Silence Speaks Volumes: The Effectiveness of Reticence in Comparison to Apology and Denial for Responding to Integrity- and Competence-Based Trust Violations

Donald L. Ferrin, Peter H. Kim, Cecily D. Cooper, Kurt T. Dirks

Research output: Contribution to journalArticle

169 Scopus citations

Abstract

Prior research on responses to trust violations has focused primarily on the effects of apology and denial. The authors extended this research by studying another type of verbal response that is often used to respond to trust violations but has not been considered in the trust literature: reticence. An accused party may use reticence in a sincere and even legitimate attempt to persuade a trustor to withhold judgment. Yet, by considering information diagnosticity and belief formation mechanisms through which verbal responses influence trust, the authors argue that reticence is a suboptimal response because it combines the least effective elements of apology and denial. Specifically, reticence is a suboptimal response to an integrity violation because, like apology, it fails to address guilt. And reticence is a suboptimal response to a competence violation because, like denial, it fails to signal redemption. Results from 2 laboratory studies, simulating different contexts and using research participants from 2 different countries, provide support for the prediction. The results offer important implications for those who might use reticence to respond to a perceived trust violation and also for those who must judge another's reticence.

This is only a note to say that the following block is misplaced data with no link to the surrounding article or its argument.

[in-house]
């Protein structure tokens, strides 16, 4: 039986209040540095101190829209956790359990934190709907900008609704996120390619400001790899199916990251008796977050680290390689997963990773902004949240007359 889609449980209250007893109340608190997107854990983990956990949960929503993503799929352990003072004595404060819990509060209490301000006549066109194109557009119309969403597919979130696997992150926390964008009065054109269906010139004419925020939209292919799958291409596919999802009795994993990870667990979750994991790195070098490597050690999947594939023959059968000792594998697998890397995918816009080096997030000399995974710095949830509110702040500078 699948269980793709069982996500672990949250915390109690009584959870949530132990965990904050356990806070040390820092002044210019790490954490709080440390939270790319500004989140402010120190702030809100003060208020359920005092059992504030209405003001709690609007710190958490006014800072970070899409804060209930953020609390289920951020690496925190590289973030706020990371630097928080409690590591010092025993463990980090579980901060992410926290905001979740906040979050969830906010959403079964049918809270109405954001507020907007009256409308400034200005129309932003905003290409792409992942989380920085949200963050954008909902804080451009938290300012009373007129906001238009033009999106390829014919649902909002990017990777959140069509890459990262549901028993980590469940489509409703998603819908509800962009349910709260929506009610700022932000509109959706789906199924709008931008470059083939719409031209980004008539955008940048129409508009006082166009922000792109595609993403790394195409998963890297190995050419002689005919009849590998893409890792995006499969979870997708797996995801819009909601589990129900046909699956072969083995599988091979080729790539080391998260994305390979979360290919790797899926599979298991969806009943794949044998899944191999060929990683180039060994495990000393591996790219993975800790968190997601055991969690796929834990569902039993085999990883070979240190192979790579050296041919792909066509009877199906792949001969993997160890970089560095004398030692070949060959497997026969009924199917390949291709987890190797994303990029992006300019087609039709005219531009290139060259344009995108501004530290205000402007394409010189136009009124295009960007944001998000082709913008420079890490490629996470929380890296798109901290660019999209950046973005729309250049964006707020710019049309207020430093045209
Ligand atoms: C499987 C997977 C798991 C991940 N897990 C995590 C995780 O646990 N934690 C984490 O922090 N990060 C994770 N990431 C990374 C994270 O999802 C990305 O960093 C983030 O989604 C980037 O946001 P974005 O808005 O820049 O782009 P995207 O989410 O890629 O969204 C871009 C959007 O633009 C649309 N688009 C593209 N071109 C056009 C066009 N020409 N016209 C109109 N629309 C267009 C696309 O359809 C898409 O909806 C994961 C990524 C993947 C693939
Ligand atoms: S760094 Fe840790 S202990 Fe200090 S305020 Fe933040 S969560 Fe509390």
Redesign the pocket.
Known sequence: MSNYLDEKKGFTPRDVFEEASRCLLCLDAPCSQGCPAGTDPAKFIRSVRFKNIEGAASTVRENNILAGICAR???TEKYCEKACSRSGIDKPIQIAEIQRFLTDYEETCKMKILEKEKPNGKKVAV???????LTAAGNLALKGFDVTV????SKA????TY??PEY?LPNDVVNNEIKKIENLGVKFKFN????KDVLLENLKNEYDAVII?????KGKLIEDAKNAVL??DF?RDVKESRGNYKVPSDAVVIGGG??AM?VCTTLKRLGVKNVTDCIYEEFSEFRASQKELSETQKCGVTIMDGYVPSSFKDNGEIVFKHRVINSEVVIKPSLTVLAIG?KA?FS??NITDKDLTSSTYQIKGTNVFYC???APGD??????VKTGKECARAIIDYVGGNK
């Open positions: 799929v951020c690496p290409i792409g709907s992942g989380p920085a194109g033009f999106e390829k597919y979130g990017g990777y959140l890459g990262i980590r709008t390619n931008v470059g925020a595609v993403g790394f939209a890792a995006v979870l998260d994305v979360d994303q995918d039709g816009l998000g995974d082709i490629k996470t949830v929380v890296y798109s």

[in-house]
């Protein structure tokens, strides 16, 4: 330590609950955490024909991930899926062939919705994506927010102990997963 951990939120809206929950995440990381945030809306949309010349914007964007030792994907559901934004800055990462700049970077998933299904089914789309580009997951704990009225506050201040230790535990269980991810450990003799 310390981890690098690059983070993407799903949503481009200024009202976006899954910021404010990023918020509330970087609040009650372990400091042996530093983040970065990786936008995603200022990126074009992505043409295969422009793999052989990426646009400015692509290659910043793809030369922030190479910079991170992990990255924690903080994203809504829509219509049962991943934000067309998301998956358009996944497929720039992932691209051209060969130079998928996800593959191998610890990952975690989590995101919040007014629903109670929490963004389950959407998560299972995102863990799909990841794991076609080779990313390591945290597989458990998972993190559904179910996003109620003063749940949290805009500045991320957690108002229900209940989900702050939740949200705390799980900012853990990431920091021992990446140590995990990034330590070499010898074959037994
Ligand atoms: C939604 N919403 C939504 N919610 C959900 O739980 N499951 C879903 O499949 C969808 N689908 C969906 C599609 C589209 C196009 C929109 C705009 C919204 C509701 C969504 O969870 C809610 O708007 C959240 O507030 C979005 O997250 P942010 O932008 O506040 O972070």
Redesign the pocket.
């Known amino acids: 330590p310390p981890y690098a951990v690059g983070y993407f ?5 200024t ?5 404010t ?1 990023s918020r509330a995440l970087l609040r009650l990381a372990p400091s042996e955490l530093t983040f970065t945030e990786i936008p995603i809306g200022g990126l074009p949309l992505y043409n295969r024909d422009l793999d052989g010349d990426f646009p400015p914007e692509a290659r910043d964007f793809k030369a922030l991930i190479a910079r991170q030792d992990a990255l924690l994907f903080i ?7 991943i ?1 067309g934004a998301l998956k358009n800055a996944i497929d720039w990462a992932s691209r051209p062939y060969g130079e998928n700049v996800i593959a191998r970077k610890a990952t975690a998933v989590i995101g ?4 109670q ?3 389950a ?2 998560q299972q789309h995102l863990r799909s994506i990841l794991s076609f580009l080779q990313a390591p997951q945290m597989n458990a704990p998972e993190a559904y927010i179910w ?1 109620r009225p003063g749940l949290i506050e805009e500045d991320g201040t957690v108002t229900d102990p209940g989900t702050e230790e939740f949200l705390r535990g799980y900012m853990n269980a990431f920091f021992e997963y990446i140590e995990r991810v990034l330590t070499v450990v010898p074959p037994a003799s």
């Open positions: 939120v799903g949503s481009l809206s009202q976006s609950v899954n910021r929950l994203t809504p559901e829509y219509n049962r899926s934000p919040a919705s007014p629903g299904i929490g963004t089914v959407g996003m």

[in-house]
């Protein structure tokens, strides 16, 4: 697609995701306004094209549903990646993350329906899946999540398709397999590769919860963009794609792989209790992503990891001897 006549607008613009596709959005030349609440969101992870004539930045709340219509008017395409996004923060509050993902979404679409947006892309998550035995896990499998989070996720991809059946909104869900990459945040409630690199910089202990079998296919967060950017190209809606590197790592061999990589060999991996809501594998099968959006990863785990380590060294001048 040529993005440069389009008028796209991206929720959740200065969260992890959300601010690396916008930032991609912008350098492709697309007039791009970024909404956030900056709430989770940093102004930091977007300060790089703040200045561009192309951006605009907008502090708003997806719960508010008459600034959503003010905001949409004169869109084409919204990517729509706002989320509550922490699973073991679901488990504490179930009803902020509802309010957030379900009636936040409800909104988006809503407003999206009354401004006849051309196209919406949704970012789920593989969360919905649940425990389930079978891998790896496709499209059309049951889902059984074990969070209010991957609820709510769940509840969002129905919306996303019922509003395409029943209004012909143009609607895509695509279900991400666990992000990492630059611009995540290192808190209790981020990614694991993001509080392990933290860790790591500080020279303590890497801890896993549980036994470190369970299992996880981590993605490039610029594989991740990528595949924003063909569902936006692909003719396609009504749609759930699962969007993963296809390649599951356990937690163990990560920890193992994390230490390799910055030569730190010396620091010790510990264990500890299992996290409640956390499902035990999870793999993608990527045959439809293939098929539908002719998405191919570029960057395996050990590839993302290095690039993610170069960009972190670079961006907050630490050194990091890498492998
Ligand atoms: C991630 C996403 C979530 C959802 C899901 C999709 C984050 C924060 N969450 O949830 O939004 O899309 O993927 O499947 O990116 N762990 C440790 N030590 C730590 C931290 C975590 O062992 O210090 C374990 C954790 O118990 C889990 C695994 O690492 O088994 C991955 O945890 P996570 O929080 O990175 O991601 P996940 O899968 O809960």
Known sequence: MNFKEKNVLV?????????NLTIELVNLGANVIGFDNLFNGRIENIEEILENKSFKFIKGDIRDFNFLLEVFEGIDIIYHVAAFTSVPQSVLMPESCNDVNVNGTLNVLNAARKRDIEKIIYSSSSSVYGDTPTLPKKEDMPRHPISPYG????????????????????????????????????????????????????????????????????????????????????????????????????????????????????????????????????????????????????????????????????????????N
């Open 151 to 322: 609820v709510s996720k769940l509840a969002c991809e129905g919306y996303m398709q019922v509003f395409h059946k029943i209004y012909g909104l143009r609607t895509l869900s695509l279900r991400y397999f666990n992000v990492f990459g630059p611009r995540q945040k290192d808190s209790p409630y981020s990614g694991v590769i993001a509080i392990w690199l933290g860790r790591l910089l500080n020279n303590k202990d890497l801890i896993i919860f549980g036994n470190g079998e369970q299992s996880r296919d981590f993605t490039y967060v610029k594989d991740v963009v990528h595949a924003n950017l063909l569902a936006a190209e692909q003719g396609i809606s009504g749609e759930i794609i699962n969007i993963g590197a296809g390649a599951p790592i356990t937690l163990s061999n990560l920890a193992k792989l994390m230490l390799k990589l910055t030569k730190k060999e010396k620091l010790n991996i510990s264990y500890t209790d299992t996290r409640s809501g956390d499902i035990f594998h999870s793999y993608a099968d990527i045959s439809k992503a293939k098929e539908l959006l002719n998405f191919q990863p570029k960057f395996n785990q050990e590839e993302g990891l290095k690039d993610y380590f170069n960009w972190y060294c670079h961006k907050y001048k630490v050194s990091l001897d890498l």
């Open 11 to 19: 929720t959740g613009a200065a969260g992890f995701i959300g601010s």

Original languageEnglish (US)
Pages (from-to)893-908
Number of pages16
JournalJournal of Applied Psychology
Volume92
Issue number4
DOIs
StatePublished - Jul 2007

Keywords

  • attributions
  • belief formation
  • information diagnosticity
  • reticence
  • trust repair

ASJC Scopus subject areas

  • Applied Psychology

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